A new report has suggested that motorists could need special licences to operate autonomous vehicles when they arrive on the roads of the UK.
Yahoo! News reports:
The Venturer report, conducted by insurance firm Axa and legal company Burges Salmon, points out that autonomous cars could lull drivers into a false sense of security, rendering them completely incapable of regaining control of the vehicle if it can’t cope with a situation.
According to the report, an autonomous vehicle that cannot cope with every possible circumstance will occasionally have to hand control back to the driver. However, the driver’s attention could ‘wane’ when a car is in autonomous mode, causing a lack of situational awareness that could prove fatal if the driver’s skills are called upon suddenly.
It’s phenomenon that is well documented within the aviation industry, where pilots’ over-reliance on automated systems such as autopilot has been deemed a contributory factor in several air accidents.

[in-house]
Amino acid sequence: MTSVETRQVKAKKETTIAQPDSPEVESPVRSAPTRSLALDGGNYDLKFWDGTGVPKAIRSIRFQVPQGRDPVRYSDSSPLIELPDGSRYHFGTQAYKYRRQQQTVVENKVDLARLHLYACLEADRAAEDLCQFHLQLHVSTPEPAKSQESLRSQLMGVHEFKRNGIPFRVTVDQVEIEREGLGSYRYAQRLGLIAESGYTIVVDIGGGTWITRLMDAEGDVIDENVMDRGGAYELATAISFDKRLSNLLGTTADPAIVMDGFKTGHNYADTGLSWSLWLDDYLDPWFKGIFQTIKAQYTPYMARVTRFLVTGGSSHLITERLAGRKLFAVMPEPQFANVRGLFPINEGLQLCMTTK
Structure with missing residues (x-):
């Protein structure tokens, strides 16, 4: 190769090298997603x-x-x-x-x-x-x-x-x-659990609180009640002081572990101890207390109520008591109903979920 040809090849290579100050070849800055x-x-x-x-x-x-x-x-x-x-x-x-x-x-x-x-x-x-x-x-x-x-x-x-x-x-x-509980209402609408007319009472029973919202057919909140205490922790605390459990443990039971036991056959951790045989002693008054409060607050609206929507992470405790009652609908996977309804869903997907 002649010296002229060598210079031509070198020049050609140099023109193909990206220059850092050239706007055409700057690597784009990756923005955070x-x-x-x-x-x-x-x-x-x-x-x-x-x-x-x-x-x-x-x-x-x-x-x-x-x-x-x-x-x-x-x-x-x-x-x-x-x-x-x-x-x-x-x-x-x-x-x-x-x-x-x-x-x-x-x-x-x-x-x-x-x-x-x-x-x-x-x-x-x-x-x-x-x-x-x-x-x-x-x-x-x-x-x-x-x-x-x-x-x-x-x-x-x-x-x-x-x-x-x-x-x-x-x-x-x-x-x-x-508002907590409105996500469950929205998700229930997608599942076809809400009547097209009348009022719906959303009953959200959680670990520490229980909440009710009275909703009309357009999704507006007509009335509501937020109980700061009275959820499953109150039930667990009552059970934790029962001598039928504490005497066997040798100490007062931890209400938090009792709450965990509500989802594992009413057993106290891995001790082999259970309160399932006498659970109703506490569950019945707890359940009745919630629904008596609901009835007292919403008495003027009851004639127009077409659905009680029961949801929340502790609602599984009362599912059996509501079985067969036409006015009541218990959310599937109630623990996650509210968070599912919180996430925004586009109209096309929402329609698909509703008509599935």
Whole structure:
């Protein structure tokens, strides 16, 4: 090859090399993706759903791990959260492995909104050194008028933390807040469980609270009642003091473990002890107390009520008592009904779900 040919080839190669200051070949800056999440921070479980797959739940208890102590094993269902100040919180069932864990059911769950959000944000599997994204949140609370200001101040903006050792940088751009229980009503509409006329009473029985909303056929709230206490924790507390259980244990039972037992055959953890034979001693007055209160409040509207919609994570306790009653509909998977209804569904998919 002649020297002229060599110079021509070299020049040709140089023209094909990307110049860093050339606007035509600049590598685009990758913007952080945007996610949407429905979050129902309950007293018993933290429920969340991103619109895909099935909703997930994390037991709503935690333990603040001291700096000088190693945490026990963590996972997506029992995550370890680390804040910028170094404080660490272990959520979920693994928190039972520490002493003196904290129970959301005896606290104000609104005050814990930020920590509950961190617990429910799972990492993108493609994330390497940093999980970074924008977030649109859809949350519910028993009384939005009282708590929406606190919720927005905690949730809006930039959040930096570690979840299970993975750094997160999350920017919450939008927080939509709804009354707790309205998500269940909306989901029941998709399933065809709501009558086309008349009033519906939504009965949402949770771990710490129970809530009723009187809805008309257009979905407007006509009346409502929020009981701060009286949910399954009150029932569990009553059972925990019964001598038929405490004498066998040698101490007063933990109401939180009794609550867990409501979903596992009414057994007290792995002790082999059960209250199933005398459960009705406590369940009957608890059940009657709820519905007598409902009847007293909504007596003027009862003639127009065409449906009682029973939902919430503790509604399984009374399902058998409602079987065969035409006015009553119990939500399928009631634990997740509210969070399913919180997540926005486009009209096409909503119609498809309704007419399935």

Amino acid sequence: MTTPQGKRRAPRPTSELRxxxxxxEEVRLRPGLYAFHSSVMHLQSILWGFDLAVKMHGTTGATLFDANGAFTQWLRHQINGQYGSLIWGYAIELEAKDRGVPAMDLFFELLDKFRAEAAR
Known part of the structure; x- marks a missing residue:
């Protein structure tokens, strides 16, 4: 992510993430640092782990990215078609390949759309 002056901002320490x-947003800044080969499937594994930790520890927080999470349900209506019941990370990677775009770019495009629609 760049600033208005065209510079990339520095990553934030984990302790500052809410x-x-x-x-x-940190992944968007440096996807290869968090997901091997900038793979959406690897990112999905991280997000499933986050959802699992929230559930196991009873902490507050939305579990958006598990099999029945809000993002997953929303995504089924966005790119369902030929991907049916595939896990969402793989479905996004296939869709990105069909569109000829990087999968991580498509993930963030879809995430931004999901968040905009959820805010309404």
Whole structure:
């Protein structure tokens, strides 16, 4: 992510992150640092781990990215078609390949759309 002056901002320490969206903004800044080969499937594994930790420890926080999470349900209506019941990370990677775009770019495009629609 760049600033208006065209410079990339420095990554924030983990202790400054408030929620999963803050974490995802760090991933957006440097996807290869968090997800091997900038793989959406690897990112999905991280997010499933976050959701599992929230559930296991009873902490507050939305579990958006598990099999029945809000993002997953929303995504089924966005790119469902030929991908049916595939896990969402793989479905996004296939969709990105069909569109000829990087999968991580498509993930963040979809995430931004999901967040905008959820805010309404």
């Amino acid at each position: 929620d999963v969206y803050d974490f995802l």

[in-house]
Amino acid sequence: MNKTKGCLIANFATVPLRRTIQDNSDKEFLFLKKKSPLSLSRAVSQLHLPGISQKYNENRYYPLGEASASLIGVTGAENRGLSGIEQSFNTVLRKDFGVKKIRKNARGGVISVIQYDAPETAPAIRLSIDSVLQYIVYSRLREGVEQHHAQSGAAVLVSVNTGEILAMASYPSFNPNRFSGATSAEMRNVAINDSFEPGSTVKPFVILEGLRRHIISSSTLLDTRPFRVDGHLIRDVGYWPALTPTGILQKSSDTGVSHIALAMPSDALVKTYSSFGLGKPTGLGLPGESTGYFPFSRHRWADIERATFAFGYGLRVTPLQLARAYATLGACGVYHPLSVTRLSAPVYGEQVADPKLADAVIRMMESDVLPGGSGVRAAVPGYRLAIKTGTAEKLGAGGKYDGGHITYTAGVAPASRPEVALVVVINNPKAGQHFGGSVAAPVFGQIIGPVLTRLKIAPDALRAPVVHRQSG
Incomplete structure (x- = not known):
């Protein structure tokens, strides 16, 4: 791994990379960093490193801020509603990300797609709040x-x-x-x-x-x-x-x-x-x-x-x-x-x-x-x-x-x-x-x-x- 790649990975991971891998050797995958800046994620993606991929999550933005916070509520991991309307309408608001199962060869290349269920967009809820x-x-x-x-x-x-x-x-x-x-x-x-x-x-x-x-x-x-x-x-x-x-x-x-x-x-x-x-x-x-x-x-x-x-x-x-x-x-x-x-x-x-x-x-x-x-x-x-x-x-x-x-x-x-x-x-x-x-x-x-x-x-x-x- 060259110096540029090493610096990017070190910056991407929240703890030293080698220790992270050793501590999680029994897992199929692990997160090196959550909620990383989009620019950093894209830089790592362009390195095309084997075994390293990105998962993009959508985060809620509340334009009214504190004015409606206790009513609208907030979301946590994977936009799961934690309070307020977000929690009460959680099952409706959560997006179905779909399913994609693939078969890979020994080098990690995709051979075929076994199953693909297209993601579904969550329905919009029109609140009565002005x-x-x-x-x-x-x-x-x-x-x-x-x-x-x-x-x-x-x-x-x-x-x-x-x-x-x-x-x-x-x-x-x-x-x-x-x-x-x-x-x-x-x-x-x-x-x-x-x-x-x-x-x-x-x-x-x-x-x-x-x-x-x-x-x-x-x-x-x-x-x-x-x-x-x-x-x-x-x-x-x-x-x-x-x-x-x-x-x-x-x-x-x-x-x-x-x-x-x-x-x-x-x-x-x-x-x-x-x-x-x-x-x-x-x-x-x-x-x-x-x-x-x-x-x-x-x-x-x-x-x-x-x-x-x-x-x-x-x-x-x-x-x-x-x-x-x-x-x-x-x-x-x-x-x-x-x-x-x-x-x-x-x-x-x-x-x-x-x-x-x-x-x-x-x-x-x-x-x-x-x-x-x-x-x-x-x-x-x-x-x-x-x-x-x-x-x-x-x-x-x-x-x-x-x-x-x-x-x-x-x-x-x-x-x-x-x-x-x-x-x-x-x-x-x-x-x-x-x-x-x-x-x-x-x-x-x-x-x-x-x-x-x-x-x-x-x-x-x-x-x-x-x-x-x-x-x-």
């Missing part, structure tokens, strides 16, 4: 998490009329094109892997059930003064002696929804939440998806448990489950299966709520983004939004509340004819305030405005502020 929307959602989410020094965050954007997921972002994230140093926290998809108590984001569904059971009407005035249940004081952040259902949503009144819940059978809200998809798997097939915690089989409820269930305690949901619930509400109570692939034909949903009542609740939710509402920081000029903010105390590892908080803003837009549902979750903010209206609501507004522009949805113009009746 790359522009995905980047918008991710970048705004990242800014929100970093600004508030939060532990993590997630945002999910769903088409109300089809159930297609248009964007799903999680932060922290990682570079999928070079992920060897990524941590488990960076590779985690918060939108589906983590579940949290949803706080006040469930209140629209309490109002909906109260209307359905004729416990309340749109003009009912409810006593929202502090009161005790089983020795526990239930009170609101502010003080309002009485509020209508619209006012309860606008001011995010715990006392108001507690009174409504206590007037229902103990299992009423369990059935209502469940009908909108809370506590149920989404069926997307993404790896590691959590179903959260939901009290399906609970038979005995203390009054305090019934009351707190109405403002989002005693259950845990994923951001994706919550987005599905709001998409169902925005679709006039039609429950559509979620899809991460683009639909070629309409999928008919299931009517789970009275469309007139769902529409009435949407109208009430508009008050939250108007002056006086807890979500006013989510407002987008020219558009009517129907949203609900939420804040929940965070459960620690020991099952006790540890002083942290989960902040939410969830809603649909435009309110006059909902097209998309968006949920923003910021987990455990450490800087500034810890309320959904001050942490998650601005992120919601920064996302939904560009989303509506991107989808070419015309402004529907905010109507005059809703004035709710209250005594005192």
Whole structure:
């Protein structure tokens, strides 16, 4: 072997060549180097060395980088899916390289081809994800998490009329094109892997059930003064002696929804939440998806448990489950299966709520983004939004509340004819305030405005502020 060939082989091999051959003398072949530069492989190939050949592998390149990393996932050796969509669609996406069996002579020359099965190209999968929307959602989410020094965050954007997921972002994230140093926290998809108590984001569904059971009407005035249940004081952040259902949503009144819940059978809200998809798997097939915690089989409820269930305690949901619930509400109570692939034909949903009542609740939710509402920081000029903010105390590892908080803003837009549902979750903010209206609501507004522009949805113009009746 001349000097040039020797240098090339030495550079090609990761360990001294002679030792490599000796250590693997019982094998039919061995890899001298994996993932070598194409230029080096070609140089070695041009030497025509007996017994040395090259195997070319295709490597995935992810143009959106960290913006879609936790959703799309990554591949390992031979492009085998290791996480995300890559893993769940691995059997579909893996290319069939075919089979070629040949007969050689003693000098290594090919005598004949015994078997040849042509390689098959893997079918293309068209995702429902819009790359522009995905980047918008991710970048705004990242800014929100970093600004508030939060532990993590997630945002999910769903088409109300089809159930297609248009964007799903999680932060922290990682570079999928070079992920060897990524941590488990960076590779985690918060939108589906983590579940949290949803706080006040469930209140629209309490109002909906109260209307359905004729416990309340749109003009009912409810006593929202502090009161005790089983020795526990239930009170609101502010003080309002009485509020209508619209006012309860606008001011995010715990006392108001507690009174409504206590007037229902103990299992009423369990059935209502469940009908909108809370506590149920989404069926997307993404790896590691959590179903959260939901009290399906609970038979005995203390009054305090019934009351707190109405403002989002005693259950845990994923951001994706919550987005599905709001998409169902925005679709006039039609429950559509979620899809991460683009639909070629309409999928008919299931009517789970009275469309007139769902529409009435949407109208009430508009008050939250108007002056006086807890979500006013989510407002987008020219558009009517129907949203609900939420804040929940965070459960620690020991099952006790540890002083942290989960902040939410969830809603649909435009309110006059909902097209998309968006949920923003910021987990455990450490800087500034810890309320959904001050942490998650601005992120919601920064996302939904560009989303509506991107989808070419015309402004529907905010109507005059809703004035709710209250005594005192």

Indeed, a 1994 report by the American National Transportation Safety Board found that inadequate monitoring of the controls was a contributory factor in 31 of 37 accidents investigated between 1978 and 1990.
The Venturer report claims that it takes drivers up to 2.5 seconds to regain control when deactivating autonomous mode.
Professor Sarah Sharples, professor of Human Factors at the University of Nottingham, said distracting activities such as watching TV or using a mobile phone while the car is in autonomous mode may need to be outlawed.
‘It is important to understand the implications of increased autonomy on the capability of humans to maintain vigilance and attention in order to be able to respond to an emergency situation,’ she said.
‘It may be necessary for the rollout of highly autonomous vehicles to be accompanied with the advice – or even law – that in some or all circumstances the driver must maintain attention to the driver situation and that other activities should be minimised or avoided.’
Driverless vehicles have the potential to transform a daily commute, the school run and nipping to the supermarket. But with drivers needing to potentially take a test to be able to operate them, will they really offer as much freedom as initially promised?